Last month we discussed the effect that California’s new minimum wage of $10.00 has on salaried employees.  This month, we tackle the effect on employees who work split shifts.

Many employers (such as restaurants) have employees who work a morning shift (e.g. 9am-noon) and then an afternoon shift (4pm-9pm).  California regulations require employers to pay a split shift premium of one hour’s pay if their employees only make the minimum wage.  Under the old $9 an hour rate, if an employee was paid $9 an hour and worked 9am-noon and 4pm-9pm, the employee must be paid at least $81 or an effective hourly rate of $10.13.  Under the new $10 minimum wage, if an employee is paid $10 an hour and works 9am-noon and 4pm-9pm, the employee must be paid at least $90 or an effective hourly rate of $11.25.  Therefore, the increase in the minimum wage also effects whether an employee receives a split shift premium.  If an employer already pays its employees at least $11.25 an hour, it will not have to pay any premium for having them work a split shift.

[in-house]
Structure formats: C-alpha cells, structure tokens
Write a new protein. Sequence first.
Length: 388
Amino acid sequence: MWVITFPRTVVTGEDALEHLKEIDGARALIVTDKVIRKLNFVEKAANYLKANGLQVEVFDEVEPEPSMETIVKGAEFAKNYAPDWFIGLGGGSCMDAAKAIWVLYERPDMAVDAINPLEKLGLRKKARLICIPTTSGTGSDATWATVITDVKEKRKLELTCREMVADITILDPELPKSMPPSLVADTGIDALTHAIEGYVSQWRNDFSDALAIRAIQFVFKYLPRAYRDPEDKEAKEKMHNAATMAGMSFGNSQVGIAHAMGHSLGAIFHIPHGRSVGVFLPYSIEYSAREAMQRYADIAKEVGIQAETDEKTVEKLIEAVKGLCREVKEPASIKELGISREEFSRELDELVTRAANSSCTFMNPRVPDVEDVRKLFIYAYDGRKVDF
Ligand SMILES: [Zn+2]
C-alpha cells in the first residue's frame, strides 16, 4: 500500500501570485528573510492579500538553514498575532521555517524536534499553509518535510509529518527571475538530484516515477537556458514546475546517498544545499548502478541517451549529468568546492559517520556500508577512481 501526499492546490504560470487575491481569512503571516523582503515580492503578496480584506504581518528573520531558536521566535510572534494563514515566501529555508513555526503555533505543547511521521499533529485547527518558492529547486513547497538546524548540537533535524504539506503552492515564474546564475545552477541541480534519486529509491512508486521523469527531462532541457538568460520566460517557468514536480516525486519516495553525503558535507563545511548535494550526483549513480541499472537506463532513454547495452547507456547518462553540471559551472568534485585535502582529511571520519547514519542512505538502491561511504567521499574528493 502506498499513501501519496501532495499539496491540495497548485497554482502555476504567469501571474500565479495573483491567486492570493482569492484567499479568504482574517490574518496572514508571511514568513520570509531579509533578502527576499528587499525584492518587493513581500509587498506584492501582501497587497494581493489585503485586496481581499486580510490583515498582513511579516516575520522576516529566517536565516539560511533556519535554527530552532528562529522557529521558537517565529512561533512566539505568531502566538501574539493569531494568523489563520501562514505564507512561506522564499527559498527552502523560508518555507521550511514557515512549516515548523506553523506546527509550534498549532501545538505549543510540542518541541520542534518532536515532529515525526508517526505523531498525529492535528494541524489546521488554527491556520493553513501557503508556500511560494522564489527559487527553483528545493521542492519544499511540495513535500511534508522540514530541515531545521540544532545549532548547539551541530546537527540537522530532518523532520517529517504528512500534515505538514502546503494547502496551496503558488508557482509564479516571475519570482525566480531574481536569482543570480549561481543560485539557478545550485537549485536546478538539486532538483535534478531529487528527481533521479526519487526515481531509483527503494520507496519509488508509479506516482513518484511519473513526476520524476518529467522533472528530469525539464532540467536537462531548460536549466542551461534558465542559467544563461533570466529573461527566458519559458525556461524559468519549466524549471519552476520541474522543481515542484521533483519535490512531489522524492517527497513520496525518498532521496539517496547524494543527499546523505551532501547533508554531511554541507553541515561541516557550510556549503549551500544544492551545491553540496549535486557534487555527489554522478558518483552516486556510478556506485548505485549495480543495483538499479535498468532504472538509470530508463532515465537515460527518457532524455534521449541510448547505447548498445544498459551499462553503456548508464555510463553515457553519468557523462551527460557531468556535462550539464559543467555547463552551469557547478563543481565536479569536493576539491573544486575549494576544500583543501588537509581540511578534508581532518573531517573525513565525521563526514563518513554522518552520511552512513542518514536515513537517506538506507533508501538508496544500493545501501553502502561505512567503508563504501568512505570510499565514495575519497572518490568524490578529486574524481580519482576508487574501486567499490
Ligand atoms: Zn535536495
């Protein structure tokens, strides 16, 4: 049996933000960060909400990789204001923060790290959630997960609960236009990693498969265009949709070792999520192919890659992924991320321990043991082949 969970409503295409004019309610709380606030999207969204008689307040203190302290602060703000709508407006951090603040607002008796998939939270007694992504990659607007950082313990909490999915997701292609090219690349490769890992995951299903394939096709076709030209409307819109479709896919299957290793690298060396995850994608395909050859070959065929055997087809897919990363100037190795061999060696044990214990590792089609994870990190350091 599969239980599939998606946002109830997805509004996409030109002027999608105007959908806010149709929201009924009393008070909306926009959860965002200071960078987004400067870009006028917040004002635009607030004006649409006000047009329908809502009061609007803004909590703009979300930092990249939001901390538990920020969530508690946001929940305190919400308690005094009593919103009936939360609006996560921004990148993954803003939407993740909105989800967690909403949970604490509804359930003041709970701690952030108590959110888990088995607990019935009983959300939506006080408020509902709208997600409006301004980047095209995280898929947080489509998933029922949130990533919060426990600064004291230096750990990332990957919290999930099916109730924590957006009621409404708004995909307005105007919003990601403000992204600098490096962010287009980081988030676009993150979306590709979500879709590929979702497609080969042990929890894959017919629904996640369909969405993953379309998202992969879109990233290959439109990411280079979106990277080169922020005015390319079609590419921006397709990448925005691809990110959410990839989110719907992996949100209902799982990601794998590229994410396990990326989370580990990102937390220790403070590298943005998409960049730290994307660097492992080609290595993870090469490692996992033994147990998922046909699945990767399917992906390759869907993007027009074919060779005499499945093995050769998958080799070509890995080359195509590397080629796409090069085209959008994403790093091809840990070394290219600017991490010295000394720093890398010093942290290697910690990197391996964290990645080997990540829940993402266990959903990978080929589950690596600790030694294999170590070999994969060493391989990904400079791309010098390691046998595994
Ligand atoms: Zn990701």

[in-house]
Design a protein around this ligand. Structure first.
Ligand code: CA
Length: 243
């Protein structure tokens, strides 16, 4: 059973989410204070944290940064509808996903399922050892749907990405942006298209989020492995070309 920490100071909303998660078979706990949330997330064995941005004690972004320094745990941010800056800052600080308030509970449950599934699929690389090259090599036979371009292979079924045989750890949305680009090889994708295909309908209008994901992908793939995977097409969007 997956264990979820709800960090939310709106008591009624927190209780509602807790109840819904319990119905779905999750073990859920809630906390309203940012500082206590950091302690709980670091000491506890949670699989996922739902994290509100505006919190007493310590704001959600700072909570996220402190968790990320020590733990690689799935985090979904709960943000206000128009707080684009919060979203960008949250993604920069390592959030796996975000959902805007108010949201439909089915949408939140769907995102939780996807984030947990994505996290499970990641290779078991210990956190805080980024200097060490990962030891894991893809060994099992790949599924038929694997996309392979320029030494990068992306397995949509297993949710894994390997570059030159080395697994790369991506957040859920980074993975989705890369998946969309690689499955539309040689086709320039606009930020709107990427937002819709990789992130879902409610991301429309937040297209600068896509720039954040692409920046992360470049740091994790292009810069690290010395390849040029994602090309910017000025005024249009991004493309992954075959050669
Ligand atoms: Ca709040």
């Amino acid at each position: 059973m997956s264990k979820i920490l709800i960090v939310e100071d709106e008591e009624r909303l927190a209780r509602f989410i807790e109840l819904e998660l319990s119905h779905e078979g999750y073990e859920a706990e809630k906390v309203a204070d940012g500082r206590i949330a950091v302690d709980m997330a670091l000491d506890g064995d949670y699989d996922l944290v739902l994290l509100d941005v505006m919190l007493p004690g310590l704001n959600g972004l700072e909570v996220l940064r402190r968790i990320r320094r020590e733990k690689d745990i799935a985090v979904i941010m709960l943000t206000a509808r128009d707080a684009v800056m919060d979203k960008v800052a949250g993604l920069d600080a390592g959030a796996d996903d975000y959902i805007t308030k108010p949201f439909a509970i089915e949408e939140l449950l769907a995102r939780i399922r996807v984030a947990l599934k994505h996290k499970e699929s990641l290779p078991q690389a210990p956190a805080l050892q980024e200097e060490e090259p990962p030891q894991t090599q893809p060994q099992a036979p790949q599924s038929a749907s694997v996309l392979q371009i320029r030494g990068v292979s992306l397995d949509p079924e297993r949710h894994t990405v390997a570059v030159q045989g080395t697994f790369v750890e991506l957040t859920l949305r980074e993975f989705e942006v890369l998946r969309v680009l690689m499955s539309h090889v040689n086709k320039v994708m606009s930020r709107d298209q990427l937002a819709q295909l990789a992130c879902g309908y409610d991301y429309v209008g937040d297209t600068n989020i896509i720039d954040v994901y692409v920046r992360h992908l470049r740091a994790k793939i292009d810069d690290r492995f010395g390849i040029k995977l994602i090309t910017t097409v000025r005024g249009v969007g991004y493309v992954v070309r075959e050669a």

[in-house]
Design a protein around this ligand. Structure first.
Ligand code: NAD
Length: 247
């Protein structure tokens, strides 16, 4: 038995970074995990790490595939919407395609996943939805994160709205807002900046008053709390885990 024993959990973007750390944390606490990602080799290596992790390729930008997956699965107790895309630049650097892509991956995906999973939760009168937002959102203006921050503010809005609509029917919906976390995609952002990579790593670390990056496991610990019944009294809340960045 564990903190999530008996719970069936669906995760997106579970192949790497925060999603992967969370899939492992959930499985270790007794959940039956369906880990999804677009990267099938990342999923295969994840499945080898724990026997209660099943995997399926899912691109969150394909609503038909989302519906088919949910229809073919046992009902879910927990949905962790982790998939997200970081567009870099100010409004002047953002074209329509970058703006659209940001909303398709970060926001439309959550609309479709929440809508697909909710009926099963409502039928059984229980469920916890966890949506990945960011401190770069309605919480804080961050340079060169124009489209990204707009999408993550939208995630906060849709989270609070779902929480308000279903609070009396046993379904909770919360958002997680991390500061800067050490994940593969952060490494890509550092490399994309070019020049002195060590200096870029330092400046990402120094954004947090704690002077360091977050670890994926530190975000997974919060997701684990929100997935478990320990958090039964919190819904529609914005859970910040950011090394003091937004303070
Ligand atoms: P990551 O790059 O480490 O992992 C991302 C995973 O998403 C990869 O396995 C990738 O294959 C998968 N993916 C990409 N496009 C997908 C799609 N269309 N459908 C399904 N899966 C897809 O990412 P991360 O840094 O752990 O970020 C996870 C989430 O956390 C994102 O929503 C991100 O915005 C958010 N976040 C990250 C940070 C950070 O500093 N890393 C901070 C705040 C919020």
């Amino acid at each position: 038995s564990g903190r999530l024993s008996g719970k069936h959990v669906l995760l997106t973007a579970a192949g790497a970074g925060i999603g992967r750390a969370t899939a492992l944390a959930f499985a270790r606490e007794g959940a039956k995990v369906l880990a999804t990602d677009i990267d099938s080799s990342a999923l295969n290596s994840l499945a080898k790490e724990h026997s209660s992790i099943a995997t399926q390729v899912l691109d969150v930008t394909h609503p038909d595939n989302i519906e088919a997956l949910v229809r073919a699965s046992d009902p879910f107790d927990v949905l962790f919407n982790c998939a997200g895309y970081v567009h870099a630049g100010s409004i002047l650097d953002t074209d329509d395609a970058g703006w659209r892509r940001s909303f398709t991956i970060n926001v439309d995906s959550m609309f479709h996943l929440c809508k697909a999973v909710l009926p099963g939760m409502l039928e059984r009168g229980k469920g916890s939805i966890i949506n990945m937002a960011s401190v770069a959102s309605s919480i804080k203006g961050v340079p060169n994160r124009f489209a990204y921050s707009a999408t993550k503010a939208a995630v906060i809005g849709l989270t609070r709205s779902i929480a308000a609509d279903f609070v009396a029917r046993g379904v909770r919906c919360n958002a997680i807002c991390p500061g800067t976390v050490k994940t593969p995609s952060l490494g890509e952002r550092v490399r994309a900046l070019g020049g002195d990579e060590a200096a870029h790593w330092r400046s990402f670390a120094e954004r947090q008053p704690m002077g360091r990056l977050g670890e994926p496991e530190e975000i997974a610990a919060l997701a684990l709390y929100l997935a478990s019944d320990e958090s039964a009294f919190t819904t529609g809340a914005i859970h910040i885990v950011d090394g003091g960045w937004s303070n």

Many wage and hour regulations are tricky and non-intuitive.  Make sure to consult with an employment law attorney if you have any concerns regarding whether your practices and procedures comply with California’s myriad of requirements.

Worker Factory

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About Douglas A. Plazak

Doug Plazak is a Partner with the Riverside law firm of Reid & Hellyer. Doug joined Reid & Hellyer in 2007 and focuses primarily on business litigation and employment law. He also practices bankruptcy law, representing both creditors and borrowers.

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